Since Everything Belongs To God, ‘Our’ Material Wealth Is Actually God’s.
1. While we must give in charity, we need to do so responsibly, in line with the will of God, the real Owner of that wealth.
2. In order that the wealth we may give in charity is used only for causes that God approves of, we should turn to God to seek His guidance in the matter.
By Mesha Oh, New Age Islam
4 June 2021
Various religious traditions stress the need to share our wealth in charity. Such sharing can help not just the recipients of charity but also those who give it. In the case of the latter, such giving can help them loosen their attachment to worldly wealth and enable them to grow in the expression of Divine virtues like compassion and kindness and thereby evolve spiritually. Charity, if done with the right intention and if given to the right causes, can help givers of charity grow as persons.
While the need to share of our material wealth with those in need is clear, whom we should help and how we should go about doing isn’t always very obvious. Sometimes, we might make major mistakes in our giving, leading to a waste of God-given resources.
Let me cite just two cases from my own experience of what might have been misplaced charitableness. Several years ago, my mother was taken ill and was admitted to hospital. I was so distraught and I so wanted my mother to get alright that I donated a big sum (I won’t mention how much—you might think I am a real fool!) to a home-help who worked in my mother’s house. I can’t remember what exactly my motive was in doing so, but I might have thought that if I gave the money to this person, God would be pleased and He would make my mother recover very soon.
When I think of it now, I wonder if I really did the right thing actually. If my intention in giving the money in charity had been that in return for it, God would make my mother well soon, I don’t know if God really wants us to engage in a ‘bargain’ like this.
Then, the question arises, even if giving away that big amount in charity on this occasion was indeed a wise thing to do, had I really selected the right person? There may well have been people and causes that were much more deserving than the person I gave the sum to.
And then, did I have any idea how the big sum of money that I had given would be used by the person I gave it to? Was I sure if he would use it for a good purpose? What if he spent at least some of it on things like a motorbike or jewellery for his sister or for a marriage in the family, things that I definitely wouldn’t have wanted the money to be wasted on?
Here’s another example of well-meaning charity that might not have been wise. The other day, a person who works as a guard in an NGO contacted me. His daughter had recently got married and he owed a large sum of money to the girl’s in-laws—perhaps for expenses incurred during and immediately after the marriage. He wanted assistance. Now, I know this man is very sincere and kind and I also know that he earns a modest salary, which may make it quite a challenge for him to eke out a living for his family and himself, but I vacillated a bit. Finally, though, I sent him a fairly sizeable sum. I made it clear that I did not want the money back.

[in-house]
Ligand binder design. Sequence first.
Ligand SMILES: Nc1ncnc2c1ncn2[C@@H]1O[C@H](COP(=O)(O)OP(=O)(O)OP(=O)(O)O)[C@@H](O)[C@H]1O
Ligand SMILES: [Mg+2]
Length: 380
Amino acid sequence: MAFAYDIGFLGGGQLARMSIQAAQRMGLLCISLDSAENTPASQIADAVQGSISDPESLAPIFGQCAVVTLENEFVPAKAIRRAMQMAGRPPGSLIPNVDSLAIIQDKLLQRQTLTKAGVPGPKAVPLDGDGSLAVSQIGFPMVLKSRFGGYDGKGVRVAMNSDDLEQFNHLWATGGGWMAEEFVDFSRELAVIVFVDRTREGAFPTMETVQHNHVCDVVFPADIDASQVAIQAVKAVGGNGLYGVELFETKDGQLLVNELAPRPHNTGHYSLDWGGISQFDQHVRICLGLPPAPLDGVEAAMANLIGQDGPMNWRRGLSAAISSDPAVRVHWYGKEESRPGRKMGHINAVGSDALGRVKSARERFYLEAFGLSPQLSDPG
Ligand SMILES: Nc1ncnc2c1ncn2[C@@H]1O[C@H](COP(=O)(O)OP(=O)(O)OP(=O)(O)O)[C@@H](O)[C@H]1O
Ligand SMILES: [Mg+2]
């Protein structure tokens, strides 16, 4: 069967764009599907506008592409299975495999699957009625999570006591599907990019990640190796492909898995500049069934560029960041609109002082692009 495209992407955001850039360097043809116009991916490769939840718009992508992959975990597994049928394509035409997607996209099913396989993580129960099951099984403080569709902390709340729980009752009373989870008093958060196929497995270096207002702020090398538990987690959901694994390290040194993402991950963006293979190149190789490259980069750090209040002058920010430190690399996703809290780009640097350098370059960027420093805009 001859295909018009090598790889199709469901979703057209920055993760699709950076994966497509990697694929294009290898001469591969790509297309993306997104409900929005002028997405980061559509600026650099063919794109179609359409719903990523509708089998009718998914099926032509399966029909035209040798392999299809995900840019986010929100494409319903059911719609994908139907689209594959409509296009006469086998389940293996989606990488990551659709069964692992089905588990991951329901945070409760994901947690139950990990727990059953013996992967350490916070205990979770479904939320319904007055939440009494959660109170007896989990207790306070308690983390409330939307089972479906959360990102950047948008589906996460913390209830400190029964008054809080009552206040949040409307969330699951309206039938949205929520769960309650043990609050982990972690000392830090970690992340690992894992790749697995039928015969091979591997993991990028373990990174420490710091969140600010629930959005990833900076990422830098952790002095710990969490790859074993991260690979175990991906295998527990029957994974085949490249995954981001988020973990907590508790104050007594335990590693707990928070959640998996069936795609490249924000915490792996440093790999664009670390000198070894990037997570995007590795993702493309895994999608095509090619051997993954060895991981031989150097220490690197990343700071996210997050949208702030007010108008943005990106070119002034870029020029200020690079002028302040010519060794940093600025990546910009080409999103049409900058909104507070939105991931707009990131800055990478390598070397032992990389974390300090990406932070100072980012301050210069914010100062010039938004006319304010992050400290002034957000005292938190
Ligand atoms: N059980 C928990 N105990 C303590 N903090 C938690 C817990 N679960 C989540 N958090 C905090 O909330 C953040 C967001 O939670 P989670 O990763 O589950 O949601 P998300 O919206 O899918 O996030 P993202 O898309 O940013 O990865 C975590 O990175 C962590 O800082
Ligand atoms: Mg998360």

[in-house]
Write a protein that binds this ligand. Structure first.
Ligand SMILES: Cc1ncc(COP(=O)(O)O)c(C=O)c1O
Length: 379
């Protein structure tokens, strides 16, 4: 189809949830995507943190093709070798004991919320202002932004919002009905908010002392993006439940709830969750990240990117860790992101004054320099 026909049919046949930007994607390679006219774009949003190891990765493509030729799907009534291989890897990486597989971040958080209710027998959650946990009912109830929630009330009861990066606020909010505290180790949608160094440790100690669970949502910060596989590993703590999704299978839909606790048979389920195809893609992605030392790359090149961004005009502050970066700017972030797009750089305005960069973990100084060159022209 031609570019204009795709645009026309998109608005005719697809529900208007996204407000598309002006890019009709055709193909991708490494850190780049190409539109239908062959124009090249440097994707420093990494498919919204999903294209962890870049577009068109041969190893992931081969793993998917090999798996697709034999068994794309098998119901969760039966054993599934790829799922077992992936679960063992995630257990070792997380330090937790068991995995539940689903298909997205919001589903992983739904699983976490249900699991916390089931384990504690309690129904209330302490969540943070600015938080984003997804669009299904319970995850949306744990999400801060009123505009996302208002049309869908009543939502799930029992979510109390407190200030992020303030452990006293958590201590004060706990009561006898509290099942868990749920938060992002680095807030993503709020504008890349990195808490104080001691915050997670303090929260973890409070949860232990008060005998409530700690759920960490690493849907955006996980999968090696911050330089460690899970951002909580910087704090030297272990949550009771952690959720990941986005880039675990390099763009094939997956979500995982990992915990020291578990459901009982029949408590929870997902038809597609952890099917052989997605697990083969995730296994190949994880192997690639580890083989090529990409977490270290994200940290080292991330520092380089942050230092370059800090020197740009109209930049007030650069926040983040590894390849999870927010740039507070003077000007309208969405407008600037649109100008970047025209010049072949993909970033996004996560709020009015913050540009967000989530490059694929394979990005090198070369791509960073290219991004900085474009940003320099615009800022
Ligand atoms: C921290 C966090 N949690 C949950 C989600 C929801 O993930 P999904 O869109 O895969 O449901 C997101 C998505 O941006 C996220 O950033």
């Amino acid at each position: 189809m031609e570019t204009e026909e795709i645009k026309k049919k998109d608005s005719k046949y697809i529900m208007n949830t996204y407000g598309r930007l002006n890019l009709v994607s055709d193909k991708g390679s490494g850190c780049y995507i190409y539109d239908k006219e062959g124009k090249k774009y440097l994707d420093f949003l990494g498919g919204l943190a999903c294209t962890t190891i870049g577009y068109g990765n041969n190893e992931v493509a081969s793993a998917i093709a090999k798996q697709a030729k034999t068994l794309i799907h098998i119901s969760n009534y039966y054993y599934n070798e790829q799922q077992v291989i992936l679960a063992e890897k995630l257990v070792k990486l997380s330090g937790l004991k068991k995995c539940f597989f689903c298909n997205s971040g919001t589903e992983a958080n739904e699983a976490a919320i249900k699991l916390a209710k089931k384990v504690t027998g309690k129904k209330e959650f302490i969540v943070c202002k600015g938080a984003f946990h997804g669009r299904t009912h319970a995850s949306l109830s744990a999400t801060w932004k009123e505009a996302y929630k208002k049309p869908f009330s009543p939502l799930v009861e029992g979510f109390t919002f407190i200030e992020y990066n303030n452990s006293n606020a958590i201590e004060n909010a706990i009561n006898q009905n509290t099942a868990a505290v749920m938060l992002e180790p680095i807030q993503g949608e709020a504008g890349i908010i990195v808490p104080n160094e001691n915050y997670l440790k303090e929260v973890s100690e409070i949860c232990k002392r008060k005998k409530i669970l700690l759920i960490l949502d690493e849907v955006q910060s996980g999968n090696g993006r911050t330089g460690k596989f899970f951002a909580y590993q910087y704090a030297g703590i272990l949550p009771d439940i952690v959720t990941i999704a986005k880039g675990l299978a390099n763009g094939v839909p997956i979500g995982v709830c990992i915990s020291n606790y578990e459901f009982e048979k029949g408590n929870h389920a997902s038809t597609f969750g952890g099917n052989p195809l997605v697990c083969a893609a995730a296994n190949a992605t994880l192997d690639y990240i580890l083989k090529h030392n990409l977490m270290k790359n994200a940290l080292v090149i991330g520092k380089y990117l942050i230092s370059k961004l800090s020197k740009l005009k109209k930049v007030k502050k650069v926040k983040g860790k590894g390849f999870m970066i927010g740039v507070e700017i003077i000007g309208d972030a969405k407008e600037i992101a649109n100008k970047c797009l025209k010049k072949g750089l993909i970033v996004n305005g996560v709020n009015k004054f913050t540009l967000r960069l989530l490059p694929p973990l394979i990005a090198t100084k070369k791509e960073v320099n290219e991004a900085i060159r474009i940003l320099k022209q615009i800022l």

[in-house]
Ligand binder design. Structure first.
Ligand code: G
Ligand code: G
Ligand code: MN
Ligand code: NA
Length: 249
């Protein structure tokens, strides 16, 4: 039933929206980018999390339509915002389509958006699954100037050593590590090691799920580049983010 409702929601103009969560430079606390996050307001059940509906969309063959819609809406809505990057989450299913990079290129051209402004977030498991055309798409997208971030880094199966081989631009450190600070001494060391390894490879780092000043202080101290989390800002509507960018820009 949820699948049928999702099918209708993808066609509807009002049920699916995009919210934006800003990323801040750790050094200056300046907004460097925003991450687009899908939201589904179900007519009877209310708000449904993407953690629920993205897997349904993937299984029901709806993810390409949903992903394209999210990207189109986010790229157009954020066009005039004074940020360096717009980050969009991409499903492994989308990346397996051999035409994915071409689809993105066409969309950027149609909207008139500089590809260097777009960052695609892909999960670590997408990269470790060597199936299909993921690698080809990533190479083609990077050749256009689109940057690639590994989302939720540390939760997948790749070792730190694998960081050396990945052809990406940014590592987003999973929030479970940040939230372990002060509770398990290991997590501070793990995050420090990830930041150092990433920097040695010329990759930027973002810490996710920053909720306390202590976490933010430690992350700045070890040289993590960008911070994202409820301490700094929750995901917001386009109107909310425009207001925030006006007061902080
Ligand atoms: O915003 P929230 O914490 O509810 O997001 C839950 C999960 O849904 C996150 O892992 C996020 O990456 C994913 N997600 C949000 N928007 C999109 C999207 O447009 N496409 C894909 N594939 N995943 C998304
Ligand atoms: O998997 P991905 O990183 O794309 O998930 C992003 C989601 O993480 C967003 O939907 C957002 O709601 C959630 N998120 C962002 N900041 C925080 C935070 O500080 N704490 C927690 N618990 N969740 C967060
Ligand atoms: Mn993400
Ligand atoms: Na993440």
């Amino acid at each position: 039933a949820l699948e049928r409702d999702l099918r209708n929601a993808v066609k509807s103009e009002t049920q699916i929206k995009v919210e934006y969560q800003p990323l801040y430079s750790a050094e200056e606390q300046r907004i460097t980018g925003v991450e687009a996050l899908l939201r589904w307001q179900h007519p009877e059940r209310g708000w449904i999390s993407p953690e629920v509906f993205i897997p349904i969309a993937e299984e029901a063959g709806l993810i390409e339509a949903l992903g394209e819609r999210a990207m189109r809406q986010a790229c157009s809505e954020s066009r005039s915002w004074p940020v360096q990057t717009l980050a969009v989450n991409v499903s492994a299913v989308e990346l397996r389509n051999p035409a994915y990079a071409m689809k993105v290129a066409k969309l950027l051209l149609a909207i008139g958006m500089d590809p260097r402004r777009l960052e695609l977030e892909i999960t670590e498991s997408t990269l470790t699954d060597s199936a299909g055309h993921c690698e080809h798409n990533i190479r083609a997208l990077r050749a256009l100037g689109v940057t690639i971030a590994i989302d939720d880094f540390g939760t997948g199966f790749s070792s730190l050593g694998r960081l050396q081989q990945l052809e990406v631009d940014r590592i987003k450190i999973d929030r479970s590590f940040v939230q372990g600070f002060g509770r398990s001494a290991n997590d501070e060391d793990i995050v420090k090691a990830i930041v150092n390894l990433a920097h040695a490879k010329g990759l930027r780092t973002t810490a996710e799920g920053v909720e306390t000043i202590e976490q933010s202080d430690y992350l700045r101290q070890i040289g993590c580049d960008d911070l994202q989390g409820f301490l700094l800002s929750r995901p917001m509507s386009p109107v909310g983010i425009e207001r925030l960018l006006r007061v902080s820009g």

Now, did I do the right thing? Was my charity a wise act? Perhaps when I sent the money I thought that what I did was right. But now I wonder if it was indeed so. What if the money was used to cover wasteful wedding-related expenses, like a sumptuous feast or a fancy bridal dress or video recording of the marriage or whatever—things that I would never approve of?
These are just two of several cases of what might be misplaced charity that I’ve experienced over the years that illustrate that while helping people who are materially less well-off than us can be a very good thing, whom we should help and how we should do so isn’t always easy to decide. Giving in charity is good, but emotionally-driven, unthinking charitableness may not be.
In making decisions about giving in charity it is good to bear in mind that the material wealth that we have is a blessing from God. Since everything belongs to God, ‘our’ material wealth is actually God’s, not ours. This being the case, while we must, as God wants us to, give in charity some portion of the wealth what God has blessed us with, we need to do so responsibly, in line with the will of God, the real Owner of that wealth. Knowing that the wealth is actually God’s and that we are simply trustees of it, we need to engage in charity in a manner that is pleasing to God. Our charity should go only to causes that God wants us to serve. We might think that some cause is worth supporting but God may think otherwise.
In order that the wealth we may give away in charity is used only for causes that God approves of and that we do not squander it, it is good to turn to God to seek His guidance in the matter. If suppose someone asks us for money for a certain cause, we should present the matter before God and request Him to guide us what to do. Then, we should follow the guidance that we may receive within. That way, our charity may go to the right causes and not go waste.
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